Intravenous tolbutamide response tests were performed on a selected group of 100 community-dwelling volunteer male subjects aged twenty-one to eighty-one years. A deterioration in performance with age was manifest as a progressively lesser fall and later nadir of blood glucose concentration throughout the early adult years and middle age. There was no further decrease in response after the sixth decade of life.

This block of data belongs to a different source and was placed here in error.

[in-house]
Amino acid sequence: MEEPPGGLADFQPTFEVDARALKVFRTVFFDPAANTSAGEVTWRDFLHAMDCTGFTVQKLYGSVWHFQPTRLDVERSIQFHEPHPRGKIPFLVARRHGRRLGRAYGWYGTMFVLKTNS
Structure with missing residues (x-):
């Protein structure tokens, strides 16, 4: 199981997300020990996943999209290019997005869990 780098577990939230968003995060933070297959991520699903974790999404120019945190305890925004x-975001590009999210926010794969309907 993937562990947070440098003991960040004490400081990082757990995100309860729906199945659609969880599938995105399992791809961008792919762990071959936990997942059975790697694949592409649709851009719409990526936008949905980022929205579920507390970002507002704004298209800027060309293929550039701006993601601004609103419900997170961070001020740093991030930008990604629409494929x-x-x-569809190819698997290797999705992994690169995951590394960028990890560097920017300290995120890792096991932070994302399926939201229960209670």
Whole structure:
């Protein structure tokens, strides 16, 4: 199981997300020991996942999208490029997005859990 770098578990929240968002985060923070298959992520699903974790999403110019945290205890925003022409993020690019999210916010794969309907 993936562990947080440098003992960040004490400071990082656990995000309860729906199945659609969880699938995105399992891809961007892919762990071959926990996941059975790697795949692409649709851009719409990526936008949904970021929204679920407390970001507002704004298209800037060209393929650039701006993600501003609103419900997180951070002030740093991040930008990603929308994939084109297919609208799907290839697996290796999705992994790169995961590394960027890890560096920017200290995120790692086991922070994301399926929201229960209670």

Many investigations of the tolbutamide response test have been reported since the standards of normality for the test were introduced eight years ago. Those studies, in addition to the present report, show that the application of these standards to diverse population groups results in a very high percentage of “abnormal” or “diabetic” responses. We have considered the reasons for the large variation in response to intravenous tolbutamide reported in the literature. It appears that studies which report relatively large responses to tolbutamide are those in which the subject group was (a) composed predominantly of young adults, or (b) preselected on the basis of superior performance on glucose tolerance tests, or both. Data derived from this type of selection procedure provide standards of normality which are not applicable to the general population. We therefore propose a new approach to the interpretation of the results on the tolbutamide test: A set of nomograms is provided which permits the rapid computation of ageadjusted percentile ranking of an individual's response to intravenous tolbutamide.